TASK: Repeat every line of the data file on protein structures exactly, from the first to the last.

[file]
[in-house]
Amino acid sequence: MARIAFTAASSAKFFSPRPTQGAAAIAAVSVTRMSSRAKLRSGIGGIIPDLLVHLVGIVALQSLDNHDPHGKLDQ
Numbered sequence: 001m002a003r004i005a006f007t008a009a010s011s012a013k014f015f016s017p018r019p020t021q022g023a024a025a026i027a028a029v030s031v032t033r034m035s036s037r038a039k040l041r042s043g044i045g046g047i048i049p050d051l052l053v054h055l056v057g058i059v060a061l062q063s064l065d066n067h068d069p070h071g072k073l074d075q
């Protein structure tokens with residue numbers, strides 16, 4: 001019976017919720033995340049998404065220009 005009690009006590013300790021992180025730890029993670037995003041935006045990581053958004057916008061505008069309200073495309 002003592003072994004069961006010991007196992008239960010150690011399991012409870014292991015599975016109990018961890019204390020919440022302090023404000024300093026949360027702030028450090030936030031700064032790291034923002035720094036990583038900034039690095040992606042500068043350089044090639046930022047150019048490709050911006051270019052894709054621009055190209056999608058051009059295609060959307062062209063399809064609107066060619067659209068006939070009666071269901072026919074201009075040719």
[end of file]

[in-house]
Amino acid sequence: MARIAFTAASSAKFFSPRPTQGAAAIAAVSVTRMSSRAKLRSGIGGIIPDLLVHLVGIVALQSLDNHDPHGKLDQ
Numbered sequence: 001m002a003r004i005a006f007t008a009a010s011s012a013k014f015f016s017p018r019p020t021q022g023a024a025a026i027a028a029v030s031v032t033r034m035s036s037r038a039k040l041r042s043g044i045g046g047i048i049p050d051l052l053v054h055l056v057g058i059v060a061l062q063s064l065d066n067h068d069p070h071g072k073l074d075q
């Protein structure tokens with residue numbers, strides 16, 4: 001019976017919720033995340049998404065220009 005009690009006590013300790021992180025730890029993670037995003041935006045990581053958004057916008061505008069309200073495309 002003592003072994004069961006010991007196992008239960010150690011399991012409870014292991015599975016109990018961890019204390020919440022302090023404000024300093026949360027702030028450090030936030031700064032790291034923002035720094036990583038900034039690095040992606042500068043350089044090639046930022047150019048490709050911006051270019052894709054621009055190209056999608058051009059295609060959307062062209063399809064609107066060619067659209068006939070009666071269901072026919074201009075040719």